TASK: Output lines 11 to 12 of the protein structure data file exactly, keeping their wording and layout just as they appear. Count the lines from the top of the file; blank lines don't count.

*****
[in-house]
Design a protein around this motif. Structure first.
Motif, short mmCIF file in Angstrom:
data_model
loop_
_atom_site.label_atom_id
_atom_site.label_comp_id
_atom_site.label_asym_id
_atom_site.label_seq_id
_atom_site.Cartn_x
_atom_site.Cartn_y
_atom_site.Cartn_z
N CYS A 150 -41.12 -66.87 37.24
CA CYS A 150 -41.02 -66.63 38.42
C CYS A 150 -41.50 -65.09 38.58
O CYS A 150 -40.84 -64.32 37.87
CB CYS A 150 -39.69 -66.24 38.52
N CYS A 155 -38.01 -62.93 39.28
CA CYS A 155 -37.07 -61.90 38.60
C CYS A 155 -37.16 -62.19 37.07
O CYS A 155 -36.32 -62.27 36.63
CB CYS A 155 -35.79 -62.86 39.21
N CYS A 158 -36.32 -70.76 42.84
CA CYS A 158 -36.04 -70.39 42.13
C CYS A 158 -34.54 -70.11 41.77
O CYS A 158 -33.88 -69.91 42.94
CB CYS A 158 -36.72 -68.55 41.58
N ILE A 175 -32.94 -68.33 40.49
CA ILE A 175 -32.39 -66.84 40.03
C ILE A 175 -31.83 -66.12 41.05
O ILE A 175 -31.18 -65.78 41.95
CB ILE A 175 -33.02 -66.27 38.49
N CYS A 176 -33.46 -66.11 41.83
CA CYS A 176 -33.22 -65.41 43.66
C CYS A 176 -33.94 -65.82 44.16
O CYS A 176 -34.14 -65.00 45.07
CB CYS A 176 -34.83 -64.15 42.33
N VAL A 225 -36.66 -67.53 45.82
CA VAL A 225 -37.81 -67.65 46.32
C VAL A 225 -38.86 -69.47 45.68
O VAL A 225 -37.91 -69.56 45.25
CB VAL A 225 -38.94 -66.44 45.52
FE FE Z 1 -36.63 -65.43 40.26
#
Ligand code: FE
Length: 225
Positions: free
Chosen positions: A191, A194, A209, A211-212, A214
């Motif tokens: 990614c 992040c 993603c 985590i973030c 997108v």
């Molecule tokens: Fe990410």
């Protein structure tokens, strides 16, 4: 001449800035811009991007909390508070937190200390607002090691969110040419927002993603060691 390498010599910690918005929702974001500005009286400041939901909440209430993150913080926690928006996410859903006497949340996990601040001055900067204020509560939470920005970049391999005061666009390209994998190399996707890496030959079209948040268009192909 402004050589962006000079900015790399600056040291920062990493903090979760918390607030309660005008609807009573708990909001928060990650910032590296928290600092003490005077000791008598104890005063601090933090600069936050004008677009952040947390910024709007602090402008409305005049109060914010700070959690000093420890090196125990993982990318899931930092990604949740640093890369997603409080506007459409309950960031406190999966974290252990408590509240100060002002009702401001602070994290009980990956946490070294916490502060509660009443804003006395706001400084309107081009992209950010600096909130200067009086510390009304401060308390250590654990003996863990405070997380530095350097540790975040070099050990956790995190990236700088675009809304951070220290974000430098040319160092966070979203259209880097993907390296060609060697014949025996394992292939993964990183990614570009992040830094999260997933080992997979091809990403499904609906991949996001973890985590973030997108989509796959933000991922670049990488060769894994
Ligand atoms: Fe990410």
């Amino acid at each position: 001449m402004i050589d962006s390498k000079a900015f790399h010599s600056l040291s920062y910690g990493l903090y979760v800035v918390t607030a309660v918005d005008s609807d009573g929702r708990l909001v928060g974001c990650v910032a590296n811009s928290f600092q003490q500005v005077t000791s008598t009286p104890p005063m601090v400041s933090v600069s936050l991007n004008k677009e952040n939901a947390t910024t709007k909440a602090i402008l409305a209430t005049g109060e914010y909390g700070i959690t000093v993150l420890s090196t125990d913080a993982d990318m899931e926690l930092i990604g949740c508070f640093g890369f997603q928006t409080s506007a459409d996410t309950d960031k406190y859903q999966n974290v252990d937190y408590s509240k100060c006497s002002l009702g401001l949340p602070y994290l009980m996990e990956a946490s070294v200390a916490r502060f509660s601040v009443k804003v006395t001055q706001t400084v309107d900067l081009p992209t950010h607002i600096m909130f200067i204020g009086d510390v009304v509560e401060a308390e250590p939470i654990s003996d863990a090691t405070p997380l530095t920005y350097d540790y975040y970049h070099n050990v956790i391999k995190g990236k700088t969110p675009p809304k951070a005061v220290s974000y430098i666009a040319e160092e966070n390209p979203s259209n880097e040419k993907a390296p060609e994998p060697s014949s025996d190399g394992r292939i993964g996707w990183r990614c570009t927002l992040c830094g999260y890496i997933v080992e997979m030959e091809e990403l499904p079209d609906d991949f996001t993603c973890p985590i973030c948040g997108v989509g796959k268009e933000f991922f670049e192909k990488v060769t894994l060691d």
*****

_atom_site.Cartn_y
_atom_site.Cartn_z